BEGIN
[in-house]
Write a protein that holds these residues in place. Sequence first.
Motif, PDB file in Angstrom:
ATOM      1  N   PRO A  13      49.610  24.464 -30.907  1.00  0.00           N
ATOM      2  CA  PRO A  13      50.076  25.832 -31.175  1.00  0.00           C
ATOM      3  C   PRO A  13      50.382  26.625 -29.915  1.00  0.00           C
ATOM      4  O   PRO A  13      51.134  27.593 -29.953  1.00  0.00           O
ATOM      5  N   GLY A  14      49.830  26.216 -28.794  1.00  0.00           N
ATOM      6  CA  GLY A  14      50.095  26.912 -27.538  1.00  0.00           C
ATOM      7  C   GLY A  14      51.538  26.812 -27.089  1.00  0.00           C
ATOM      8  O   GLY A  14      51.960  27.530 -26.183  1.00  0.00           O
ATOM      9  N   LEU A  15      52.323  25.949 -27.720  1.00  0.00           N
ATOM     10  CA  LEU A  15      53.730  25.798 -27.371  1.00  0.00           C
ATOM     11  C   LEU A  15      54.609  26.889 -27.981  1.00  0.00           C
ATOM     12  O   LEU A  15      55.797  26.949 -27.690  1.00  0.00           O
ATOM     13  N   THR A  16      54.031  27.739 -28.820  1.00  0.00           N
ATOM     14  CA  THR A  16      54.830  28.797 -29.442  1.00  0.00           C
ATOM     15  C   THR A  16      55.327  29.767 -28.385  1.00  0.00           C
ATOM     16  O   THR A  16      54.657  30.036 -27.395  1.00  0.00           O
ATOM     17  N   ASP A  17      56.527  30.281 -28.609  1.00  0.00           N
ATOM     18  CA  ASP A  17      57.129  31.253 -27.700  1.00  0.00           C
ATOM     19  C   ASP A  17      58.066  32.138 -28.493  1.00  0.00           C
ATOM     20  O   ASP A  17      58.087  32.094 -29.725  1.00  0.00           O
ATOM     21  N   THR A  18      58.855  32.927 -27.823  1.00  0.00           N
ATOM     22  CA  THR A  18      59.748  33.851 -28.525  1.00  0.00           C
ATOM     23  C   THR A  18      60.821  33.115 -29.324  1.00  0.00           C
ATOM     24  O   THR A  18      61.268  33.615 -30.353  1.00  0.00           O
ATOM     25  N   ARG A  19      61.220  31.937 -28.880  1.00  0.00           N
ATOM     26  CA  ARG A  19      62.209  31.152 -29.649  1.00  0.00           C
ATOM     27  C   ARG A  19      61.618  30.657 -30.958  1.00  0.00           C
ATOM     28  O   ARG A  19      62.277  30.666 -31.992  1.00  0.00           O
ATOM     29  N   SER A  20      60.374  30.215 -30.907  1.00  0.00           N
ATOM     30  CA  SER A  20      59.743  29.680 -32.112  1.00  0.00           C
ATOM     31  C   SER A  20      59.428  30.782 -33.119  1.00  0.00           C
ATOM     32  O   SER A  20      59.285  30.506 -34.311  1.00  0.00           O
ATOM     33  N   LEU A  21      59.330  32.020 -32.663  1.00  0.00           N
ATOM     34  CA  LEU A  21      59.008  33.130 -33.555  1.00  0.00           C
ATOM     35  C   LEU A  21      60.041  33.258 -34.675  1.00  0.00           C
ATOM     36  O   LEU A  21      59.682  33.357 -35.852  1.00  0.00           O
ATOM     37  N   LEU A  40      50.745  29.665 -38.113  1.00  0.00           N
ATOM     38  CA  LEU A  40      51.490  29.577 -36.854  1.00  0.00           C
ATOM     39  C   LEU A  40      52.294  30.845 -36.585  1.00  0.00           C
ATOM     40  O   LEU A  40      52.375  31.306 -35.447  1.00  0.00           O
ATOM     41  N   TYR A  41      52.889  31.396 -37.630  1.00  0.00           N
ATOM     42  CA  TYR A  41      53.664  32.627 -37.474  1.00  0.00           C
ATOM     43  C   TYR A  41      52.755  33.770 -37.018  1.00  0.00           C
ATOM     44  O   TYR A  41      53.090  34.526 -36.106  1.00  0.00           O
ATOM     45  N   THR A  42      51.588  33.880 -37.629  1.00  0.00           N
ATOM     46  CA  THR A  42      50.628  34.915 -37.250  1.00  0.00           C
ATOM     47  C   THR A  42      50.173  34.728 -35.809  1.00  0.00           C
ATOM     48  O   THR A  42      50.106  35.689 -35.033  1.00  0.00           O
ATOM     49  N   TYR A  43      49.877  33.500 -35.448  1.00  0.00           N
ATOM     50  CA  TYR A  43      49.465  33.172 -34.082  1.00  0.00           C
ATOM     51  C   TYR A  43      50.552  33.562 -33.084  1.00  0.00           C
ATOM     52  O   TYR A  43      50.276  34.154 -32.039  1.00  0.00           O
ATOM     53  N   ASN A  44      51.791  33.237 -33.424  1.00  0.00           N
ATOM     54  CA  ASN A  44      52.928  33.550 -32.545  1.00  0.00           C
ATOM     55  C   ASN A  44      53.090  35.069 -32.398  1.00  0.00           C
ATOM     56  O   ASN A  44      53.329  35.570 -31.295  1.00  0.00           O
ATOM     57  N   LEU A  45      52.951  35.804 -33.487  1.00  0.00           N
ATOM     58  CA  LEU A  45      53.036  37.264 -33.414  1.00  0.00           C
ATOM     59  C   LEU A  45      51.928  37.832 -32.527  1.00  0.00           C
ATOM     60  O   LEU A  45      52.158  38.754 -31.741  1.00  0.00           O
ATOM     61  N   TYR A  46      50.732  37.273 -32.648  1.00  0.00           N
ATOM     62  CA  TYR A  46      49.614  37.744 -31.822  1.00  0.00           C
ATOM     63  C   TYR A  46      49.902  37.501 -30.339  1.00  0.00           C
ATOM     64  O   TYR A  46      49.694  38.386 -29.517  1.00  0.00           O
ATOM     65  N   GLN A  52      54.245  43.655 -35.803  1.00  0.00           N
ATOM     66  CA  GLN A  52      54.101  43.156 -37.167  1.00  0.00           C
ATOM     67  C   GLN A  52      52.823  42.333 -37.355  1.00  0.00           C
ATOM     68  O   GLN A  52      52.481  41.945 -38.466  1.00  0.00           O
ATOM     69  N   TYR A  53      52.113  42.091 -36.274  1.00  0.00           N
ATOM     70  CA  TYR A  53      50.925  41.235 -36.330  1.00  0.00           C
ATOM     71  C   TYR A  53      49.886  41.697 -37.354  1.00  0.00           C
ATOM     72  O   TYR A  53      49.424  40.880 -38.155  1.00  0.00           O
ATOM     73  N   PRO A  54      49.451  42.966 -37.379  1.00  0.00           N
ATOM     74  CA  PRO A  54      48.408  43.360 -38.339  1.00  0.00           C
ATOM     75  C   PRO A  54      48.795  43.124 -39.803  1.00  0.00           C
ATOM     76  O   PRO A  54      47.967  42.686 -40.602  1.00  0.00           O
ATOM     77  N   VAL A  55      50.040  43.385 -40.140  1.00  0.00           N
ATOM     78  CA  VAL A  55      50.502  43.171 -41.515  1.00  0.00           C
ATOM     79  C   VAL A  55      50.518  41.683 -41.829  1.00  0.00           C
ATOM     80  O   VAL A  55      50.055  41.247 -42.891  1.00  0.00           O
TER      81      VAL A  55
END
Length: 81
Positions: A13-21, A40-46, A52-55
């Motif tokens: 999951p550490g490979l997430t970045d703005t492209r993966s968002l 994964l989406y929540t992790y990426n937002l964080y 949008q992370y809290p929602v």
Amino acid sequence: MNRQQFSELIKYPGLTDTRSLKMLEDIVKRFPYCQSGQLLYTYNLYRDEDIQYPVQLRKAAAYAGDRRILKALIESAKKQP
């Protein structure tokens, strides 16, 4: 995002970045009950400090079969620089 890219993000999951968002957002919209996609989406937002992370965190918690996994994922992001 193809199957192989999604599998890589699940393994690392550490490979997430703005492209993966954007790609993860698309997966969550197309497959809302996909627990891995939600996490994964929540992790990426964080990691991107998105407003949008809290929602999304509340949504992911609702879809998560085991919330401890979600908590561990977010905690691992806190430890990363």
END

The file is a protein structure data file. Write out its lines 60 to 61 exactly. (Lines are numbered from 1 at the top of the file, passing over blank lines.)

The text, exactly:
ATOM     57  N   LEU A  45      52.951  35.804 -33.487  1.00  0.00           N
ATOM     58  CA  LEU A  45      53.036  37.264 -33.414  1.00  0.00           C